This stylish neighborhood may be the only spot in Denver equally appealing to ladies (and gentlemen) who lunch and those who want to tackle a 20-mile bike ride before breakfast. The area has been called the best shopping district between San Francisco and Chicago thanks to its host of restaurants, spas, art galleries and 500-plus stores (including indie boutiques such as Revampt). Nearby, hop on the paved Cherry Creek Trail, which rambles along the banks of the namesake waterway for 11.2 miles. Just be sure your bike has a big enough basket to carry home your shopping haul.
Lower Downtown (LoDo)
Denver’s first designated historic district, Larimer Square is widely considered the birthplace of the Mile High City, and its Victorian commercial buildings now house buzzy restaurants like chef Jennifer Jasinski’s Rioja. The block makes up one corner of this rapidly changing neighborhood, which was widely abandoned and neglected just a few decades ago. Since then, a slew of high-profile openings—from Wynkoop Brewing Company to Union Station to the new Dairy Block shopping district—have placed this Gold Rush-era neighborhood firmly on visitors’ radars.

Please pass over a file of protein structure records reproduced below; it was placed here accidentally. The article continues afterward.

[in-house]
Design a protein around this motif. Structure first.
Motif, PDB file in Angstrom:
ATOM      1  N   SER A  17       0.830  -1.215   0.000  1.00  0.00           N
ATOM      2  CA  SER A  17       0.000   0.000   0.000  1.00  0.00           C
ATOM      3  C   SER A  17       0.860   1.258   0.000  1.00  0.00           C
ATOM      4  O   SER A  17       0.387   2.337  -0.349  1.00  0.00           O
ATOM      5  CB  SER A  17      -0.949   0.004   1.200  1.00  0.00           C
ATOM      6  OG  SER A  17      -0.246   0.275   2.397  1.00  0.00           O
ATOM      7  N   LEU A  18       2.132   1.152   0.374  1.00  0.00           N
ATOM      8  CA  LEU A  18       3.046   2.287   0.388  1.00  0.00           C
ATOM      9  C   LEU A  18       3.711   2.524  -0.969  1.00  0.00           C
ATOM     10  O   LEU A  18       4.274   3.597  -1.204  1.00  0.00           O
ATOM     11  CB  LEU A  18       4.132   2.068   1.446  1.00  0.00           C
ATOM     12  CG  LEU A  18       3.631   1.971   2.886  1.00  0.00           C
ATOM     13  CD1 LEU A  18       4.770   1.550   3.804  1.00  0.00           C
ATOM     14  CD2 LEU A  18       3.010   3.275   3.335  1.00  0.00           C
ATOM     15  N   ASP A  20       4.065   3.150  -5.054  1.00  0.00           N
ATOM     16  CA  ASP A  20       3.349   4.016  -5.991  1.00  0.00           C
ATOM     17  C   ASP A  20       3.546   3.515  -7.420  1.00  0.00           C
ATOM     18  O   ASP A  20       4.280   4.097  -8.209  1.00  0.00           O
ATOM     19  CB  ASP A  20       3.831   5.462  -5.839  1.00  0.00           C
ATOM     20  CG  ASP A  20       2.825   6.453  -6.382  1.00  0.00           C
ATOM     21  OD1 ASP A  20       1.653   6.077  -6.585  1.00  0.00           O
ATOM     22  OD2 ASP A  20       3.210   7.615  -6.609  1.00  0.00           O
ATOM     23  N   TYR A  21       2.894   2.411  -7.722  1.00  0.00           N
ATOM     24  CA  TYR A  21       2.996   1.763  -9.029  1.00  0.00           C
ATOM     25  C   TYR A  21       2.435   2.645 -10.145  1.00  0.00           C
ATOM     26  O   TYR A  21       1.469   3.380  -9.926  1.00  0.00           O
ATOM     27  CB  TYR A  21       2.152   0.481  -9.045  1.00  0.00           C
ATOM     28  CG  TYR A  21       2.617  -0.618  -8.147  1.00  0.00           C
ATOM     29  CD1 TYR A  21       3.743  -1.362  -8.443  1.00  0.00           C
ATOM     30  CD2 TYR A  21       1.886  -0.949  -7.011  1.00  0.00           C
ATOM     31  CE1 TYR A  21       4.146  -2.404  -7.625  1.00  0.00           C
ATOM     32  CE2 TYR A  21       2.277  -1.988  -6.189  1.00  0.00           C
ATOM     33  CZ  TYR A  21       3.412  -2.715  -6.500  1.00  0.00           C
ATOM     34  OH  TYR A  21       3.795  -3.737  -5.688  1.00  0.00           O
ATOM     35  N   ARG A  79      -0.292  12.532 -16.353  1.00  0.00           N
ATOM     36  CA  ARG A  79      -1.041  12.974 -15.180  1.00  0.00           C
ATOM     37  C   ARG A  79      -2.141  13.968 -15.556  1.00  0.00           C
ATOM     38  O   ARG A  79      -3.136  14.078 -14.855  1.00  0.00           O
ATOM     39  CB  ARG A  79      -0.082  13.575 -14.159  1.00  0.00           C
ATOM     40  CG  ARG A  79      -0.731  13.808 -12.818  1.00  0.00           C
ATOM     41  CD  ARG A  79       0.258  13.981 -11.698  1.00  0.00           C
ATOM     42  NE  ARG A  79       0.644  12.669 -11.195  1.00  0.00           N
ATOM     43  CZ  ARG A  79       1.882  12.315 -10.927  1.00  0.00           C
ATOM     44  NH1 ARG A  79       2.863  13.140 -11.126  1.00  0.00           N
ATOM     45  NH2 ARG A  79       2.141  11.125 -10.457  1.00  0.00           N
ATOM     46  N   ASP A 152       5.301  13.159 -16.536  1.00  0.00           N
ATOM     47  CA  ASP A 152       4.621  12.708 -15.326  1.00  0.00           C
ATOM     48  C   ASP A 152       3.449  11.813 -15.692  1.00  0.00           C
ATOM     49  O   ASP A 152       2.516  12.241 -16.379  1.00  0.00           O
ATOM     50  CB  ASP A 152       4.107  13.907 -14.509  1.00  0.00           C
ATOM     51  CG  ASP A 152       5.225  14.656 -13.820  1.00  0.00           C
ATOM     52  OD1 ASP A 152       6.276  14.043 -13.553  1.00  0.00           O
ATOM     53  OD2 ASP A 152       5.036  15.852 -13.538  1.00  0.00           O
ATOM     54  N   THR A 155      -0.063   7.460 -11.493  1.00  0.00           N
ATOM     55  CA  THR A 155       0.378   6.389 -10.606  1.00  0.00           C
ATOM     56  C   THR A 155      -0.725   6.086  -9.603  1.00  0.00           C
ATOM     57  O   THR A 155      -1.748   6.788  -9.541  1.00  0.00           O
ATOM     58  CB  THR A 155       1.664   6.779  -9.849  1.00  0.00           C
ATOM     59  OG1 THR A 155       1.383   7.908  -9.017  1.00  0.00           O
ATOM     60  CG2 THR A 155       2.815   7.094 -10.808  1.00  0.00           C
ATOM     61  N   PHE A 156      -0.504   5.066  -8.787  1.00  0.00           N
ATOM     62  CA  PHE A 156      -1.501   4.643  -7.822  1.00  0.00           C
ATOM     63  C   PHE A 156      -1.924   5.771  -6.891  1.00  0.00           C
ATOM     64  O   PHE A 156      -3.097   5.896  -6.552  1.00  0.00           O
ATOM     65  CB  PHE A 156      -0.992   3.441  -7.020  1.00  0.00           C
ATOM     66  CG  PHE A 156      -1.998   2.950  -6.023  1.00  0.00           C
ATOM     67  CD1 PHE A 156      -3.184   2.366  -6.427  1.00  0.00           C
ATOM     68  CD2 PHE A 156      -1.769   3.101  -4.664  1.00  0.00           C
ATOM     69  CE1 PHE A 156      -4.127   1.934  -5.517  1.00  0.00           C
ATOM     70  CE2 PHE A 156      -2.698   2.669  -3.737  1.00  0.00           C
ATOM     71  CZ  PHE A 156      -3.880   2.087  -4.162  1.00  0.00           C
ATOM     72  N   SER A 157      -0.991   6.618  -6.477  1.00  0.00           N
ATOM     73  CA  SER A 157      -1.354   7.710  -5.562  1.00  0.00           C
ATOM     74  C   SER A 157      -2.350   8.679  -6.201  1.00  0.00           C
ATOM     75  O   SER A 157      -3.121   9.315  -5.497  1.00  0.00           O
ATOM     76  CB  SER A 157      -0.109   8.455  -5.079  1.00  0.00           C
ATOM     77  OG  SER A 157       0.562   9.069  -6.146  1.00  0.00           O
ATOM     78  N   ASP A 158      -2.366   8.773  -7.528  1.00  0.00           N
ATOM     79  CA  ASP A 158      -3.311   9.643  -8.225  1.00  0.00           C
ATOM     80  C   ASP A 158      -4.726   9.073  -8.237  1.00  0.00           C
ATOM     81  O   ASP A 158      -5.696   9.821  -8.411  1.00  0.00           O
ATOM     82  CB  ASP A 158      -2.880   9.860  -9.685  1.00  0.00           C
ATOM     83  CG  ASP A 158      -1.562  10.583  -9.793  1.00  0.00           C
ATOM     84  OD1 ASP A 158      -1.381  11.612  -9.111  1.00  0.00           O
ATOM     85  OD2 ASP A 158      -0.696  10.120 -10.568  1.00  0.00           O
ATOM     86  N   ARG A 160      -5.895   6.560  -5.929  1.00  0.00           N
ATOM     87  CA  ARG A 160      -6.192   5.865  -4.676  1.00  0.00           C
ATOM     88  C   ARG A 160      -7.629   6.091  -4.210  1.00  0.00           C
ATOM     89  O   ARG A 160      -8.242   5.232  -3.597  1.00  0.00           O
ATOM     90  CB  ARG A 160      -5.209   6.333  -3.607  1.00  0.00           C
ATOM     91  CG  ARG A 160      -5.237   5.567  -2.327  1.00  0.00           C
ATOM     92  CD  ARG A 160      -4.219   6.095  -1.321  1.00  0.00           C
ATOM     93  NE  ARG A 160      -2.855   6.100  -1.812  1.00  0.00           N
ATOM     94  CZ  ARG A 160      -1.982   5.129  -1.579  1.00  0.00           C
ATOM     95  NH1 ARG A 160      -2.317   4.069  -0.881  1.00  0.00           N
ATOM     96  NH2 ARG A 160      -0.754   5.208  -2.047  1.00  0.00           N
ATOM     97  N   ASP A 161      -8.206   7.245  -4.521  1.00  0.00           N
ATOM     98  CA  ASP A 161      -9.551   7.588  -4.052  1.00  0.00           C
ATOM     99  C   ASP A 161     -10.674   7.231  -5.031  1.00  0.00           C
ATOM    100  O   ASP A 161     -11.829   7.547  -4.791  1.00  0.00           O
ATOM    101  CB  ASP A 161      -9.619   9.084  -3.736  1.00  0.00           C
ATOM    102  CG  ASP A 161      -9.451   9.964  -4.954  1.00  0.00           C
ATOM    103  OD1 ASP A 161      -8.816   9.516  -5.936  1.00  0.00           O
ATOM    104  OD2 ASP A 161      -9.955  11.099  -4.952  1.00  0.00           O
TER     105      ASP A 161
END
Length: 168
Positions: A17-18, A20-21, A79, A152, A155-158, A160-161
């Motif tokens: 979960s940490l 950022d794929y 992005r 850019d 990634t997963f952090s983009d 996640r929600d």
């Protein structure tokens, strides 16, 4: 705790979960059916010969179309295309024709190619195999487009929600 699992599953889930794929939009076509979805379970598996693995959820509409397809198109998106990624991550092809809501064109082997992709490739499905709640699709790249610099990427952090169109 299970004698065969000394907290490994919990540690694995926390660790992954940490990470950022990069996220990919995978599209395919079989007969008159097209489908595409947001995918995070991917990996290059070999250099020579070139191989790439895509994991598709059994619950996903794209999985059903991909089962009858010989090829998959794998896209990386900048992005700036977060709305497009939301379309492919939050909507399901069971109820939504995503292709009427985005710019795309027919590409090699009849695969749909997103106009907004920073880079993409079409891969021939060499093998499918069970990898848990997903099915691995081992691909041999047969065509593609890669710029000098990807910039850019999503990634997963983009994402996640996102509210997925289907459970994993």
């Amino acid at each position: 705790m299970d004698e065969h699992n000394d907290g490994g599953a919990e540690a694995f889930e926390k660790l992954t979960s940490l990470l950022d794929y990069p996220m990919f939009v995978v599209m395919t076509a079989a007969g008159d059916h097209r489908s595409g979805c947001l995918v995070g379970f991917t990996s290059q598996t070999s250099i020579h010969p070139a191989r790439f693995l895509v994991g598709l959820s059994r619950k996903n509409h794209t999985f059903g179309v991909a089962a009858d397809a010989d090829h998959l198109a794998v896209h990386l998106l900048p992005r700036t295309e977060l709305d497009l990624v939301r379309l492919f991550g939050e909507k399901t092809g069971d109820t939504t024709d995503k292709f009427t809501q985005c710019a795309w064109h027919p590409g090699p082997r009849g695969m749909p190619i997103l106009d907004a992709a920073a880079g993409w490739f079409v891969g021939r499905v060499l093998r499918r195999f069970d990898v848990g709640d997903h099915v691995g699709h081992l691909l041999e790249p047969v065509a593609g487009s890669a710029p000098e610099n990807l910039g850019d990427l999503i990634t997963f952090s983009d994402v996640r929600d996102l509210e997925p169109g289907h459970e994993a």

Lower Highlands (LoHi)
Accessed by three pedestrian bridges over Interstate 25 and the Platte River, this creative-minded residential neighborhood has the comfortably lived-in vibe you’d find in a place like Portland, Oregon, or sleepier stretches of Brooklyn. Victorian houses butt up against ultramodern condo developments and, in the case of the wildly popular Little Man Ice Cream, a 28-foot-tall cream can. Entirely walkable, this compact district is packed with award-winning restaurants, bars and breweries—many of which, like the Williams & Graham speakeasy, are hidden in plain sight in unassuming storefronts.